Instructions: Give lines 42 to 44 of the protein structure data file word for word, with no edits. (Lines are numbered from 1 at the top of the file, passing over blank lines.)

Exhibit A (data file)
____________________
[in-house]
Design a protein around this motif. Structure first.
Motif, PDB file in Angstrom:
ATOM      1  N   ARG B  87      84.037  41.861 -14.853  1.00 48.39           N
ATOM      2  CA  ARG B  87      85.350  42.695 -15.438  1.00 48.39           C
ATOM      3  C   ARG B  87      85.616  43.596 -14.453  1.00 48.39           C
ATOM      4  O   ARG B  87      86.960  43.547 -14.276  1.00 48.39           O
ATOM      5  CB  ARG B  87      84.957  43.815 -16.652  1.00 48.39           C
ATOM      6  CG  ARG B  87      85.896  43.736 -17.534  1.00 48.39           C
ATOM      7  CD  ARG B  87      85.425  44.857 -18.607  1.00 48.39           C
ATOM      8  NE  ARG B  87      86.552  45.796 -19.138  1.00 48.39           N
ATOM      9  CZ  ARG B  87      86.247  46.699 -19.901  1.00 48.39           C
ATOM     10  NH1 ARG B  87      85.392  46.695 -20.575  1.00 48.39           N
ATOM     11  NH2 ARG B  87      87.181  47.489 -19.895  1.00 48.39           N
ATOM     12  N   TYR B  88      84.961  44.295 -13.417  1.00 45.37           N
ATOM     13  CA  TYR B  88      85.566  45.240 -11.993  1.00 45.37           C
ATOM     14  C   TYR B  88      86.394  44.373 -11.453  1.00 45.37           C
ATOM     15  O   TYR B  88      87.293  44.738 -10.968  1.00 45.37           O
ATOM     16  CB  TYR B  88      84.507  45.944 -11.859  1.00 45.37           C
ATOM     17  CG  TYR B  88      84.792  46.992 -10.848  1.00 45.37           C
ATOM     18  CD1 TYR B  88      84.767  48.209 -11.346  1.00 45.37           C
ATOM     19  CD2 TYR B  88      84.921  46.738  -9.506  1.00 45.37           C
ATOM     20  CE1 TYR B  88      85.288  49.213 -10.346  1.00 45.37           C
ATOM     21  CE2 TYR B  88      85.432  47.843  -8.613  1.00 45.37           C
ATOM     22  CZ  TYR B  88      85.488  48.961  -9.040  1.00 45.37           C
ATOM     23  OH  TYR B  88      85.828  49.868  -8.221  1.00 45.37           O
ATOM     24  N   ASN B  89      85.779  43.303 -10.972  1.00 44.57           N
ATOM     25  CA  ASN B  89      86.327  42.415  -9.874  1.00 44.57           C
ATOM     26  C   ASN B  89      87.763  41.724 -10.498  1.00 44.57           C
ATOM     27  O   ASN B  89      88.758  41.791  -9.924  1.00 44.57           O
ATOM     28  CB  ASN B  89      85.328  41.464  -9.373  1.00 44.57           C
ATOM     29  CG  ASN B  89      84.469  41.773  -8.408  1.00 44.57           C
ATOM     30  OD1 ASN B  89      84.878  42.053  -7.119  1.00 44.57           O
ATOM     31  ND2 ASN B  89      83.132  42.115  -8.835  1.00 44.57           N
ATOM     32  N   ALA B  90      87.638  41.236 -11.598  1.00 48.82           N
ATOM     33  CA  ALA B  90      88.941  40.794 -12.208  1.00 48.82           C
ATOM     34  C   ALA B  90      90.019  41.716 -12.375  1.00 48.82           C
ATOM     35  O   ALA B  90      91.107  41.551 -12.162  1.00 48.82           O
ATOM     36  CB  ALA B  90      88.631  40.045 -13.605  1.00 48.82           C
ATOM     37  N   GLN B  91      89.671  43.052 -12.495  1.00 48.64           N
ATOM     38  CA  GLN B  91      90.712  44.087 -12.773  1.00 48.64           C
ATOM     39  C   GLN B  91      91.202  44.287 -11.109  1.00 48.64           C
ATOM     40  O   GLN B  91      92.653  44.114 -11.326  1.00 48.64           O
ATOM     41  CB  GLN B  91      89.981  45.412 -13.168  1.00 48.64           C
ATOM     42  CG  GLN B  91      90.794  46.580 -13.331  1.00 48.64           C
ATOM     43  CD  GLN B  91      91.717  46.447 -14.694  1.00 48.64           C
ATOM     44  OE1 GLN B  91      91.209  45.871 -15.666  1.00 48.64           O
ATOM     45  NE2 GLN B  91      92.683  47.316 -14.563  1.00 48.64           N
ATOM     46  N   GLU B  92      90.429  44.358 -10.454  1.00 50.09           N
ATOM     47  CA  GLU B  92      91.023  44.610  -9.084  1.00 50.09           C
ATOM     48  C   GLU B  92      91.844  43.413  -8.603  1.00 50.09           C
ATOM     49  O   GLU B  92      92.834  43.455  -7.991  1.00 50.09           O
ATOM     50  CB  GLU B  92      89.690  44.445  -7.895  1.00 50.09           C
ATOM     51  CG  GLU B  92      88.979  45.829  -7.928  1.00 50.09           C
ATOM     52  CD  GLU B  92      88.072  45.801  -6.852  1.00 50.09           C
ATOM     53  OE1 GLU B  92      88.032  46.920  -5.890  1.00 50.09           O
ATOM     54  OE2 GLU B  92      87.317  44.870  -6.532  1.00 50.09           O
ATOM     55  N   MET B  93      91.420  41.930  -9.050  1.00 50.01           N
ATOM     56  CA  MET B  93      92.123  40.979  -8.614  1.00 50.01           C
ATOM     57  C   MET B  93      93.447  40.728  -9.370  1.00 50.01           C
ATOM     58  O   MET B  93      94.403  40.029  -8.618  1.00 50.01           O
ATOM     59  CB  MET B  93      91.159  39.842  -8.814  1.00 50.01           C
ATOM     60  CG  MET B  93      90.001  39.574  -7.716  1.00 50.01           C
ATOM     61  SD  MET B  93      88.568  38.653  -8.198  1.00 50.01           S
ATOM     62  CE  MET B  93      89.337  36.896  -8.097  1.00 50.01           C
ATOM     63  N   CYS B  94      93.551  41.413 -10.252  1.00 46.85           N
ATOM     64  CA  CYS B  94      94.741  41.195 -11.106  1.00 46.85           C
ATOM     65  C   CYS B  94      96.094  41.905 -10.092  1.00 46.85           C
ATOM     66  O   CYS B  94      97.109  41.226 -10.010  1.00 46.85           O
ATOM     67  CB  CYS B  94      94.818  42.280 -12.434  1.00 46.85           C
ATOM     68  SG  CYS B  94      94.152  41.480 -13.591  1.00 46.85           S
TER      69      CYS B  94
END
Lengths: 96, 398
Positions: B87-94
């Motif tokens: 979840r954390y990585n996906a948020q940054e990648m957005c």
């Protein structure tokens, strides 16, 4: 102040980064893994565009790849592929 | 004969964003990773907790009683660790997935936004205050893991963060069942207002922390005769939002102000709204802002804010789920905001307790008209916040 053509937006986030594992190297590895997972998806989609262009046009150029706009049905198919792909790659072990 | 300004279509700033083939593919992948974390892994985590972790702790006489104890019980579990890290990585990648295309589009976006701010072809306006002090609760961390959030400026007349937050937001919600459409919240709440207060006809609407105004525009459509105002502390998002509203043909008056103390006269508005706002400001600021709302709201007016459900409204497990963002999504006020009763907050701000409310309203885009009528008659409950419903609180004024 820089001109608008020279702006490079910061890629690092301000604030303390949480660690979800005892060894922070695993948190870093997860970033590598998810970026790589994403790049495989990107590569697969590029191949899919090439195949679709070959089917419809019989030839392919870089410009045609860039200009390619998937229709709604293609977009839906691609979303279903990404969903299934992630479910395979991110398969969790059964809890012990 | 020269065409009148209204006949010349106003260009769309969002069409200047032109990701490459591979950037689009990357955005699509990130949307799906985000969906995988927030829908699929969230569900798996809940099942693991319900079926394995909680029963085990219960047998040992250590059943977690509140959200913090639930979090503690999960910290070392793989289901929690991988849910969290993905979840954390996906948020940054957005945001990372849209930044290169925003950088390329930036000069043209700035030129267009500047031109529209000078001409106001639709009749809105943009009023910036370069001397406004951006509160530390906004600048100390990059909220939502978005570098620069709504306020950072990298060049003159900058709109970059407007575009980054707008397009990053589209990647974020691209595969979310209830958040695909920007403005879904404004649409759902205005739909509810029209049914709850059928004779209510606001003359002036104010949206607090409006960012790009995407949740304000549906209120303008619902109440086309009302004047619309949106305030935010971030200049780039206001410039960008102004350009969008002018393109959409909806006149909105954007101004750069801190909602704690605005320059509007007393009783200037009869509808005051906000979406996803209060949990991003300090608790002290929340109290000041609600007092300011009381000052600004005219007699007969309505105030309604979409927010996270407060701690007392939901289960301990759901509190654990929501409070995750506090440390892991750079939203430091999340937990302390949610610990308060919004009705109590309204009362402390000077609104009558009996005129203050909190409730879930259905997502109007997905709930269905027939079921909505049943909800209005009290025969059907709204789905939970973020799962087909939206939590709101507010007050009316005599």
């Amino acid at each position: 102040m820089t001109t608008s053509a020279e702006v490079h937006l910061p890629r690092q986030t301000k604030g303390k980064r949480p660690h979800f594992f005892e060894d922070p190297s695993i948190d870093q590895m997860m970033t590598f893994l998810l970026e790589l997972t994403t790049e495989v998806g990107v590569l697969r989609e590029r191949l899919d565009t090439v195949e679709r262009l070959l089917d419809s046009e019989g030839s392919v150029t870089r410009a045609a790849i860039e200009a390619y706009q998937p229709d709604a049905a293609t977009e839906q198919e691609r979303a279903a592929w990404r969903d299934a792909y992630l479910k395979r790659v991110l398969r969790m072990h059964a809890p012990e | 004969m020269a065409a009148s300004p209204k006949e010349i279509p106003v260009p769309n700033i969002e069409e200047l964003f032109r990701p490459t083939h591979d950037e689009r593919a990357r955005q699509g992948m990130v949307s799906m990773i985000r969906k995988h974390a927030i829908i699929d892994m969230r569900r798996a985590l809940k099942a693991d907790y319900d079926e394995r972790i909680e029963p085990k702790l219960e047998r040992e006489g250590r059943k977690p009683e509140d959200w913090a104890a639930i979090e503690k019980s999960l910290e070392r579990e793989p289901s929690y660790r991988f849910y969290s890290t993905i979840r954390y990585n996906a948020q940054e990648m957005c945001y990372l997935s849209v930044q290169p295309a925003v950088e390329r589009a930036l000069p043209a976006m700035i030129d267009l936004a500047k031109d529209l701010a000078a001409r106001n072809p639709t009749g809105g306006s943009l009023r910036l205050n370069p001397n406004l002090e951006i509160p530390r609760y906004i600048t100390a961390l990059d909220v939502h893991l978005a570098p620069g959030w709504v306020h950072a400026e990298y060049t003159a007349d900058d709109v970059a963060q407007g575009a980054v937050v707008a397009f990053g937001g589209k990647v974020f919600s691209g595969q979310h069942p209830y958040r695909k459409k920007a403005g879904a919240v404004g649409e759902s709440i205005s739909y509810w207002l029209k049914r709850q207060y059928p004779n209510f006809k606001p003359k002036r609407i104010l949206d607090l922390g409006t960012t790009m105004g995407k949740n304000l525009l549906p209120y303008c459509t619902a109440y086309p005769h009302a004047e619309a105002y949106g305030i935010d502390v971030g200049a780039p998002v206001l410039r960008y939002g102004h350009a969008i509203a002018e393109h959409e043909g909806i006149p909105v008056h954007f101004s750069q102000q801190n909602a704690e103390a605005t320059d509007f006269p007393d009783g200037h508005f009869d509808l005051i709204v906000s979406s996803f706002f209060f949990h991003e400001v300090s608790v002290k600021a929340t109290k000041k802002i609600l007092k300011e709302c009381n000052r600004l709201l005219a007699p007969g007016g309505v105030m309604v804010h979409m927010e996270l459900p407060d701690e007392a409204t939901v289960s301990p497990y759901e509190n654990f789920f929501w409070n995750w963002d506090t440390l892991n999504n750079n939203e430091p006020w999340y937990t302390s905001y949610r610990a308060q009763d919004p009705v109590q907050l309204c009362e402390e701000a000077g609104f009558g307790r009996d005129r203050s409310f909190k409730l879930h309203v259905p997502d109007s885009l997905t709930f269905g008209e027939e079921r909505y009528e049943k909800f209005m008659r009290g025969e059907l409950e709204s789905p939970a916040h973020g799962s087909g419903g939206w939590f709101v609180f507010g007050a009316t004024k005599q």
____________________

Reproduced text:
ATOM     39  C   GLN B  91      91.202  44.287 -11.109  1.00 48.64           C
ATOM     40  O   GLN B  91      92.653  44.114 -11.326  1.00 48.64           O
ATOM     41  CB  GLN B  91      89.981  45.412 -13.168  1.00 48.64           C